BioT – touch plates for AE modular

BioT is a collaboration between Wonkystuff & the label Hot Air. From an initial concept and panel design from Hot Air, we have made the panel flippable so that alternative panels can be exposed (one on the reverse of the panel, and one internal!) using a spring connector to cut down on soldering (not cheap, but once an idea is in your head, then it’s hard to shake it off). So, not as cheap as it might be, but 42 times less expensive than a Verbos touchplate keyboard… and we all know how important the number 42 is?

Over to Matt:

This is not in any way a capacitance touch plate of which there are many in modularland. It is more in line with Reed Ghazala’s anti-theory of circuit bending. Some of you on the forum have made diy versions of this. It also has precendents in Michel Waivisz’ Kraakdooz (cracklebox ) and Tom Bugbrand’s postcard & board weevils. On the forum Xodes has manufactured something similar for Eurorack as one of you guessed.

The idea, basically, is to use short circuits creatively: the body (finger or…? ) makes a connection between two plates, but the finger will always have resistance and depending on the surface area covered that resistance can change acting like a bio-potentiometer. Long live ExistenZ & the new flesh! “our bodies are machines, our minds are full of screams” as Jane from Big In Japan howled! The added factor of the close proximity of all of the possible connections also makes it an arena to feel your way around randomly or instinctively to making many interesting permutations of connections just by slithering a finger or two around ( hello ipad/iphone users everywhere ) and hence, with a little bit of trial and error, surprising sounds will be found and can be morphed between as different strengths of touch and positions merge signals that wouldn’t obviously be patched and buzzes, crackles and fizzes from the electricity in your digits add to the shorted broken sounds from voltage and waveforms brutally forced to fight each other for the entertainment of Caesar’s thumb.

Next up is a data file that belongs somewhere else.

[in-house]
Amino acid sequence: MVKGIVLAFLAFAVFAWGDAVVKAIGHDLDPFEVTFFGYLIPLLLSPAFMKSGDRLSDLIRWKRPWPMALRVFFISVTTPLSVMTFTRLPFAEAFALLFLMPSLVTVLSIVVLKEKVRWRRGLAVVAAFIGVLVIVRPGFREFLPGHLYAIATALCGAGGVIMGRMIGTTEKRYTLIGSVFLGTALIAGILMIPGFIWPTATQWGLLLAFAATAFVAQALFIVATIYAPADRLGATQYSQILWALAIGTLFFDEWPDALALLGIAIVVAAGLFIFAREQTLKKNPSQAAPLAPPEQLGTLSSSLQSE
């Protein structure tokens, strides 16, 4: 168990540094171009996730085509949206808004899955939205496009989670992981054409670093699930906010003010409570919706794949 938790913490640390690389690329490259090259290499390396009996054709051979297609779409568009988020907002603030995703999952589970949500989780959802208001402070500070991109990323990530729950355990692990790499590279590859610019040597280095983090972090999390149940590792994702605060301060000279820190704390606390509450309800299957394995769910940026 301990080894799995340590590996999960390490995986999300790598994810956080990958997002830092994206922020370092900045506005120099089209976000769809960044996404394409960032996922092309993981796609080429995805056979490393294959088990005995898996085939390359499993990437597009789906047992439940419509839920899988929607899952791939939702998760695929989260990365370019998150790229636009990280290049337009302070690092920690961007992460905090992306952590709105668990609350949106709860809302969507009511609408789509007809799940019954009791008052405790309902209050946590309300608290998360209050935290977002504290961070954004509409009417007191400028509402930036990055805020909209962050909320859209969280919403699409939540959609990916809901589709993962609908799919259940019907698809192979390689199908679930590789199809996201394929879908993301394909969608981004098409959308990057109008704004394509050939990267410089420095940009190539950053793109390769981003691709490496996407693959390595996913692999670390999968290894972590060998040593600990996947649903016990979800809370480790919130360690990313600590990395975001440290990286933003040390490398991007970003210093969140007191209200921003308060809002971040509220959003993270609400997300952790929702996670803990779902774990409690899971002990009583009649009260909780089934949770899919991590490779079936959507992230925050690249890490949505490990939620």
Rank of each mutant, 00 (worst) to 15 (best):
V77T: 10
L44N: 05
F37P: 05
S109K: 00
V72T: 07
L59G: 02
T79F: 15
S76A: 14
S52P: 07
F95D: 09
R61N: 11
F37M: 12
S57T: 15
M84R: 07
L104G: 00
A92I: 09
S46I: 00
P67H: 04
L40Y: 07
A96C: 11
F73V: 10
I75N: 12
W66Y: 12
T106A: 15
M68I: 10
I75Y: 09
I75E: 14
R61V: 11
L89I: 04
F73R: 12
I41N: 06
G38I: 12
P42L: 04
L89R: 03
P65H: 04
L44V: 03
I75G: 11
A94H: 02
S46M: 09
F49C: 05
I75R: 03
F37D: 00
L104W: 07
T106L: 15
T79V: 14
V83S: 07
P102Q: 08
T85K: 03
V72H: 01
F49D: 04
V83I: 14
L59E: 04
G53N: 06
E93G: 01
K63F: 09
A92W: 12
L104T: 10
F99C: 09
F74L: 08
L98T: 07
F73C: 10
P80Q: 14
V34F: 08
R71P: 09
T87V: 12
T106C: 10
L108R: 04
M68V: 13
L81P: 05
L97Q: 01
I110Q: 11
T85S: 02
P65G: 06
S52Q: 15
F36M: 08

Obviously this doesn’t have the full scope of laying yr hands on the inside of random circuits (Major Morgan is my companion in this i have an army of 12 of them with their butch circuitboard chest hair exposed.) BUT it does have the versatility of being able to pick and choose where you introduce circuit breaks/flesh resistance. Lusting after the new Make Noise Strega? Well why not save half a grand and get one (or two?) of these and see what you can come up with in AEland.

BioT will only come in kit form but is a VERY simple soldering task. It will be simultaneously launched this Bandcamp Friday morning 7th May (no fees for a day!) on the Hot Air bandcamp page and on the Wonkystuff website, limited numbers of approximately 15 to 20 on each site. Price will be £17.50 plus postage. there will be a demo album of noises on the bandcamp page which will be a name your price thing so buying from wonkystuff won’t mean you miss out on that. 

We hope this deceptively simple module is to some of you peoples noisy taste.
here, finally, are some visuals:

rbss & quantizer issue

Over on the AE Modular Forum (which is a great community resource if you’ve not visited), it has been noted that the rbss does not always play nicely with the Tangible Waves quantizer module — unfortunately, this is ultimately down to a small issue with the output of the rbss (prior to serial number 130). The good news is that this is a relatively simple fix for the earlier revisions of the rbss, requiring just the addition of a single component.

Continue reading “rbss & quantizer issue”

new design #2

The next module for redesign is the mm33 — the order for the next batch of PCBs has just been sent off…

The redesign of course uses the new font and graphic design previously seen in the qvca, but the mm33 electronics have also been redesigned: